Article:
Kane’s Cross: Witchfinder
(Book Two in the Witchfinder Series 2)
by E. M. G. Wixley
Review by Barry Boy
Kane’s Cross by E. M. G. Wixley is a novel of the genre Fantasy written in the third-person. The time period is current and the location is the United Kingdom.
We meet the two main characters right at the beginning of Kane’s Cross, when Kane, a drunken, if not alcoholic ex-servicemen, who seems to be suffering from Post-traumatic Stress Disorder, rescues Poppy, ‘a young girl’, from an assailant on the street, and they run away together down to the West Country.
Poppy saves them from impoverishment by using skills that she has learned from her own kind, whom she says are often called witches by those who live on the surface of the planet, and they head back north to Kane’s home town, where he hopes to be able to stay with one of his separated parents until he sorts himself out..
However, it seems that his dysfunctional family are also involved with witches, but on the other side. Unbeknownst to most, the Catholic Church is still carrying out a vendetta against witches, and Kane’s two younger brothers are members of that Holy Army against the Forces of Darkness. In fact, they are so fanatical that they have already murdered their older sister on suspicion of being a witch..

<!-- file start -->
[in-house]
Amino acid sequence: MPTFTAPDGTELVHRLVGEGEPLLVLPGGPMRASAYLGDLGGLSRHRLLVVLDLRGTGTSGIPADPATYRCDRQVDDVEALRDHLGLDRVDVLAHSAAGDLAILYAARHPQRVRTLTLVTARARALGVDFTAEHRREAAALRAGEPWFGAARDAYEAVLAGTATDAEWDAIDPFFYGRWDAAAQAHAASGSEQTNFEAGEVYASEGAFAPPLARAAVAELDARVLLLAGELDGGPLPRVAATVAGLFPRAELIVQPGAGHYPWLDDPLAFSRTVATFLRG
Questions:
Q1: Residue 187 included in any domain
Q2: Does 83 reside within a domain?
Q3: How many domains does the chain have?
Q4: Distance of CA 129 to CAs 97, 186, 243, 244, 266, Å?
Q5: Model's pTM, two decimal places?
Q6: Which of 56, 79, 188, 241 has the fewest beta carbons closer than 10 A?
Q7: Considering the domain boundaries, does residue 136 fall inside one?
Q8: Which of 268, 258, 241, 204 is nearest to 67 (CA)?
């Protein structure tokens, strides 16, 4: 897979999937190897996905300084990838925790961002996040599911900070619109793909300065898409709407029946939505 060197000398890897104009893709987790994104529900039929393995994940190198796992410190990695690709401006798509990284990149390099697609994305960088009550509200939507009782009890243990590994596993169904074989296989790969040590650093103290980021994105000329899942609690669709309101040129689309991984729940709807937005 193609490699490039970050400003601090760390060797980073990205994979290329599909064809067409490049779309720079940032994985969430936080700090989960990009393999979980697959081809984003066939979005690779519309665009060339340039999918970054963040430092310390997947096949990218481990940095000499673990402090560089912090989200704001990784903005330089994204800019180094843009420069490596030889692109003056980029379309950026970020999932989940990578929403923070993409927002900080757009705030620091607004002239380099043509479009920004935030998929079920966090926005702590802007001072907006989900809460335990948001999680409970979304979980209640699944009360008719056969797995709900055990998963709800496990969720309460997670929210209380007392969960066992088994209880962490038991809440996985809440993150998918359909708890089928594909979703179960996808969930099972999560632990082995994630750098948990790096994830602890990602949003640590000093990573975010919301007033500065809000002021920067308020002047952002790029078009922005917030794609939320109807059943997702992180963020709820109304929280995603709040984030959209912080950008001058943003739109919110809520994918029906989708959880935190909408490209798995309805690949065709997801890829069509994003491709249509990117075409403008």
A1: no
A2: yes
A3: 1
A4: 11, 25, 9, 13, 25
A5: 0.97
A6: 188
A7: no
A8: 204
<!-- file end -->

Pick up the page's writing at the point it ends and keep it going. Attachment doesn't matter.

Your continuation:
Meanwhile, their mother and father stand by apparently oblivious to the mayhem going on around them, or perhaps that is why they seem to be so useless as parents. Kane has inadvertently led Poppy into danger by taking her home.
The rest of Kane’s Cross has Kane twisting and turning, ducking and diving, and generally going through a paranormal Hell trying to keep Poppy safe. Her own people are also attempting to do the same for all of their community.
Eventually, a solution is found – they should all begin a new life in the Promised Land overseas and they set off for it, but without Kane. He has one more task to accomplish before he can join them.
Kane’s Cross is a ‘fantasy novel’ and it can be difficult to see why some things happen in fantasy novels, because, anything can happen in a fantasy! It is perhaps the only genre in which the author is free to write literally whatever he or she likes. Ms Wixley does just that, but weaves interesting characters into a twisting plot all the while.
I enjoyed Kane’s Cross: Witchfinder (Book Two in the Witchfinder Series 2) by E. M. G. Wixley and would give it a five-star rating, if it weren’t for the quirky use of commas and the title, which does not seem relevant to the plot, but maybe I missed something. The text has definitely not been professionally edited, and would be improved greatly if it were to be.